Sunday, September 11, 2011

Sermon Delivered on September 11th, 2011

On the TV, the radio, in the papers, on the internet and all over the blogosphere, at home, at mealtimes, in bars and offices, in coffee or water cooler conversations, the painful question is still asked:

Where were you on the morning of September 11th, 2001?

My story is very unexciting. I was on the beach that morning, ten years ago. With my family and two dogs. It was a beautiful morning, as most of us remember. Breathtaking, in fact. Things seemed to be going well. You recall I had begun parish ministry on September 1st, and it was very early days for me.

That was a morning when all seemed simple and at peace.

Where were you?

All of you have your story to tell. About where you were, what you were doing, and how you heard the news that day.

Some of you, I know, were in Manhattan, close at hand. Others at a distance. Still others, like me, heard the news on the radio, or saw it on TV.

And of course there are thousands who cannot answer the question – but we know where they were. They were in the World Trade Center, the Pentagon, or the four hijacked planes.

And they were also on the scene immediately after the attacks, and in the weeks and months that followed. How many first responders and rescue or recovery workers had their lives shortened by the toxic environment in which they toiled, and have subsequently died?

That morning ten years ago we witnessed catastrophic devastation, carried out by human beings on human beings. Countless lives were torn apart, and it has been said that the world will never be the same again. I don’t know about that, but it is natural enough to believe that no-one else has known the destruction and mutilation that we have experienced. How?

Because even a brief glance at the pages of history will make us realize that the attacks of September 11th 2001 are only unique because they are in recent memory. They are more real because we have seen them, and because we remember them.

And because of that living experience, one that was poisonously violent, we hurt even more, and we question even more.

Why? Why did it happen, and how do we respond ten years on as people of faith – Christians who somehow believe that God loves the world.

Our response is critical – not just as individuals, but as the Church. How do we respond in the face of raw evil?

A few weeks after the attacks I found myself at the site where the towers had stood. Beware the smell, people had warned me – but the most powerful smell that day was coming from the fried onions and hotdogs being served by countless vendors. And God bless them for being there!

It was an unexpectedly numbing experience, simply to stand there at a short distance from where recovery teams were working. I wanted to feel something, see mental images, hear words, be spiritual. But nothing came. I couldn’t be spiritual, such was the overwhelming sense of horror and death.

And it is at times such as that that traditional prayers, prayers committed to heart and memory since childhood, are at their best. For they speak when we cannot speak. They express what we cannot express, and they carry us when we cannot spiritually walk any further.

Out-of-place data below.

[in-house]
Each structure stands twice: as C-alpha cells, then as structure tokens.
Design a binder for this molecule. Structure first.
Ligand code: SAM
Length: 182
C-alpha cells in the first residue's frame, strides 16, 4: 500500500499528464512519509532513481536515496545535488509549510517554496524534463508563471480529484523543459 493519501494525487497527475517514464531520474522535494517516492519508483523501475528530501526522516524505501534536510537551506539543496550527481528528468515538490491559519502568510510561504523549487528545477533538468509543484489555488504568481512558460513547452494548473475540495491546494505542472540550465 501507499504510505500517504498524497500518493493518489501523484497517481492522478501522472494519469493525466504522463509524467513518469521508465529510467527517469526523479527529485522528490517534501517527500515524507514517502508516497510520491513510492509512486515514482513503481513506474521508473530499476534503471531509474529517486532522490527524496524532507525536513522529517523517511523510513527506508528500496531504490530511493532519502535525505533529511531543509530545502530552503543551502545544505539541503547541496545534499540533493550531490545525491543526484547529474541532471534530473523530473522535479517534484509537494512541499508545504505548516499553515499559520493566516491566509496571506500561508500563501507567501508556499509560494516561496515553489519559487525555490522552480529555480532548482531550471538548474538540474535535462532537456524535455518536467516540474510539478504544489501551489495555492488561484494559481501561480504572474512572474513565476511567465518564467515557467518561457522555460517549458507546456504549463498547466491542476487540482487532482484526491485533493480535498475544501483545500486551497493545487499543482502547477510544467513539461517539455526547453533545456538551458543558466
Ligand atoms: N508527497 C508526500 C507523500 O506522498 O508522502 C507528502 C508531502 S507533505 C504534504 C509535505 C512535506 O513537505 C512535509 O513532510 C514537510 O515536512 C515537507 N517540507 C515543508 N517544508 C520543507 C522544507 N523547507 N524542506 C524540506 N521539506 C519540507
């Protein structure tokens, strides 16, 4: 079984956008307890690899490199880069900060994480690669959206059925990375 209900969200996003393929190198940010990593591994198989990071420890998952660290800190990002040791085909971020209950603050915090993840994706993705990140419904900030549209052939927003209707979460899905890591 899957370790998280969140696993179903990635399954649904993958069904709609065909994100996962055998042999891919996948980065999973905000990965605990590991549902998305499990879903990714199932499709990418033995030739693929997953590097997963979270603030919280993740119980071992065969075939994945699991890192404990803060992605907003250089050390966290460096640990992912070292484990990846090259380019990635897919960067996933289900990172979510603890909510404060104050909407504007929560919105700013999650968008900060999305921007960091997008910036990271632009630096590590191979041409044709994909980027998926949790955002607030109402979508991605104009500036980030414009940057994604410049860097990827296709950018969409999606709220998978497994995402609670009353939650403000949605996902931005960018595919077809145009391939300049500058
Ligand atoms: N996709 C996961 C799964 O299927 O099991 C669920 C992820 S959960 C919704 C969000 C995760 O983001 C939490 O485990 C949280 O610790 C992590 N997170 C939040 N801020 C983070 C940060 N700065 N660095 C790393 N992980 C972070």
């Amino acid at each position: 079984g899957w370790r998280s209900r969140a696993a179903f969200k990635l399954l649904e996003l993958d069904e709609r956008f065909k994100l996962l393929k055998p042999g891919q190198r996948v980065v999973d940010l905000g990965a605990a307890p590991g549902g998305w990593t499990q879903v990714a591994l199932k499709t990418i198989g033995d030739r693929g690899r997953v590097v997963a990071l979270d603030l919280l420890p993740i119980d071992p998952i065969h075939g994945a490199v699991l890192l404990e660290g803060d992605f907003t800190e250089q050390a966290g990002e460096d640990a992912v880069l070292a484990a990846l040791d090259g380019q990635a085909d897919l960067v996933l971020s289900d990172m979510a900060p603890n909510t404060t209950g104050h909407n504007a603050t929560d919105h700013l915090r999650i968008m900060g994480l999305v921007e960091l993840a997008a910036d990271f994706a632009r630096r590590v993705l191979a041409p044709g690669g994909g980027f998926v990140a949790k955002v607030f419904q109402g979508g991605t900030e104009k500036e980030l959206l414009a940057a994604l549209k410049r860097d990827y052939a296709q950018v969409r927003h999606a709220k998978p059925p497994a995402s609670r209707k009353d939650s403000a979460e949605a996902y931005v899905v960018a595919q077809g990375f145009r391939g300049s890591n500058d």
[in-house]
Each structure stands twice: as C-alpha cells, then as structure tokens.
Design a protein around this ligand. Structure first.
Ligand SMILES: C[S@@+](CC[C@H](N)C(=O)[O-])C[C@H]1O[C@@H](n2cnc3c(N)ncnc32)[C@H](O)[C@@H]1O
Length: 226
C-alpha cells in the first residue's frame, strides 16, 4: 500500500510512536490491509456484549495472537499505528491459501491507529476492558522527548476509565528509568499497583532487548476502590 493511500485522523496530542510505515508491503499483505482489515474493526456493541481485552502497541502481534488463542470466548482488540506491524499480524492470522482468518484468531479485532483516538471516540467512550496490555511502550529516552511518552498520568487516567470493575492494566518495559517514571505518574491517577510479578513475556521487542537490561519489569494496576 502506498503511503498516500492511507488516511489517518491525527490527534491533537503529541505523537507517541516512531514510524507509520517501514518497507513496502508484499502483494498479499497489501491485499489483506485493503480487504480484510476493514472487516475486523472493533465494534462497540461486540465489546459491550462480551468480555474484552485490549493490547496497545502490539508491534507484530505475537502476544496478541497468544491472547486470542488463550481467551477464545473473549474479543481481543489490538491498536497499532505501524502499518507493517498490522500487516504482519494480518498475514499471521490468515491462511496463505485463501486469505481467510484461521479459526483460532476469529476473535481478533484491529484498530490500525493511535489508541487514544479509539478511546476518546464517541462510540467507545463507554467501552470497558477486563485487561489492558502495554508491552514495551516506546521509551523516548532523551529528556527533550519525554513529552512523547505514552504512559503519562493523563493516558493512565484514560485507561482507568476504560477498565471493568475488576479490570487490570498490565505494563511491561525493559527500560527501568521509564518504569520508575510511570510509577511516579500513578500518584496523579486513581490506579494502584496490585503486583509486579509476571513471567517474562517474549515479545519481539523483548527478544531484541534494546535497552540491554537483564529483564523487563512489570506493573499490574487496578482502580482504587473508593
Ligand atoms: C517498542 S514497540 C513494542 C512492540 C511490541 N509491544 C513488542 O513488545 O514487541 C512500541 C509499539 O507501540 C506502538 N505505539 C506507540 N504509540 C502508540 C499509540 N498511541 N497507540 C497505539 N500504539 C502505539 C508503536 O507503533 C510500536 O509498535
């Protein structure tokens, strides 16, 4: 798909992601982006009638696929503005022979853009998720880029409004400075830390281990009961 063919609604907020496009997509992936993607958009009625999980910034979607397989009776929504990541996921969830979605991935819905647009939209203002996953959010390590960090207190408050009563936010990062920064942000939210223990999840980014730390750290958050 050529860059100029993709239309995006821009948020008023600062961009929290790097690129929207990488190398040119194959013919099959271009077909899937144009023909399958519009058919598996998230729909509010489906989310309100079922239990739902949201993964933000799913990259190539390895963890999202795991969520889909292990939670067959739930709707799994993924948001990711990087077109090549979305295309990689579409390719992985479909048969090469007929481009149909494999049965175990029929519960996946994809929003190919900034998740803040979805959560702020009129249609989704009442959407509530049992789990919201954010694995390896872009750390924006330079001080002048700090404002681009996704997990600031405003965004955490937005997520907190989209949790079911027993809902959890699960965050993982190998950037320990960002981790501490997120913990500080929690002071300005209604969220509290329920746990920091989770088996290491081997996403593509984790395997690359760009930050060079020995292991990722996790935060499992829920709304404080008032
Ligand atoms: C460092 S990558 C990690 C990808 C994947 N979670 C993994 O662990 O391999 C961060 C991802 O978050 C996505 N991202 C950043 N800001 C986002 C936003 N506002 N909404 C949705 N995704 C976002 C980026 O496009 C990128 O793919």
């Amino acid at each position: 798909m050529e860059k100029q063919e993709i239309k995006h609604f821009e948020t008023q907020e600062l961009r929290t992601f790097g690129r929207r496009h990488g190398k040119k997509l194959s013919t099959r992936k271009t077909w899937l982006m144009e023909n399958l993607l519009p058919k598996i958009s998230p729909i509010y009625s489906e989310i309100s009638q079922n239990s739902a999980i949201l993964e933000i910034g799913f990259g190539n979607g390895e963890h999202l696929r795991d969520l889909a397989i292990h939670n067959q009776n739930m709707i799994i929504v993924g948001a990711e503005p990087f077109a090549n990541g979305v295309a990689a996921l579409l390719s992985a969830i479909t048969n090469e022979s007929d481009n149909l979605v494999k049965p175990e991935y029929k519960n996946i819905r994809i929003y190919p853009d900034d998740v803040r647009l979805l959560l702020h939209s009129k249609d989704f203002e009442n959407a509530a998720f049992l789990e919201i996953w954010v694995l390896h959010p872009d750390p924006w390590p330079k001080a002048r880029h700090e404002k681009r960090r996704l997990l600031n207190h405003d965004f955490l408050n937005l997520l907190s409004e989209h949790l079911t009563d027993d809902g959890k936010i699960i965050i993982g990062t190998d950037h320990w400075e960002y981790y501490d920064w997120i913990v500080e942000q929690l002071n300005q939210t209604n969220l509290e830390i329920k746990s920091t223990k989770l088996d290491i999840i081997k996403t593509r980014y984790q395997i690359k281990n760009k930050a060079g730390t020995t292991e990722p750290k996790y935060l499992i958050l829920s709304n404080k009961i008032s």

Thy kingdom come;
thy will be done
on earth as it is in heaven.

At one moment those words seemed tepid consolation in the face of such sacrilege, but the next moment, as I was walking away I knew that nothing could be further from the truth. You see, read the correct way, which I believe was the intention of Jesus when he taught his disciples that prayer, those words have the power to look evil in the face, and defeat it.

Oh, we can render the prayer passive and sentimental if we understand it to be some form of assurance that everything will be all right in the end because we have this vague notion that God will wave a magic wand and make it so.

But that prayer is not saying that at all. It is a prayer of engagement – engagement with God and engagement with the world. And it is within that relationship, that dynamic of faith, that evil can and will be defeated.

For if we say that we are praying for God’s will to be done, then we are the ones who have to make that happen. And that means confronting all those parts of creation that are clearly not in accord with God’s expressed purposes of love, justice and hope.

Our response must be spiritual, rooted in the scriptures in which this God has revealed a divine intention; our response must also be political, and economic, and where needs demand, use robust military force.

Faced with another great evil in another age, certainly a far greater evil, that of Nazi Germany, the imprisoned pastor Dietrich Bonhoeffer wrote these words when so many people felt deepest despair at what was happening to the world:

The essence of optimism is that it takes no account of the present, but it is a source of inspiration, of vitality and hope where others have resigned; it enables a man to hold his head high, to claim the future for himself and not to abandon it to hell.

Today we have remembered the dead of ten years ago. All over the nation, and in other nations, this is a day of grief for thousands as they are once again reminded of their loss.

But in faith and Christian optimism we have to do so much more than look back. In that faith we now look to tomorrow, and the day after, and the year after. In God’s name we cannot, we will not, abandon the future to hell.

Thy kingdom come.

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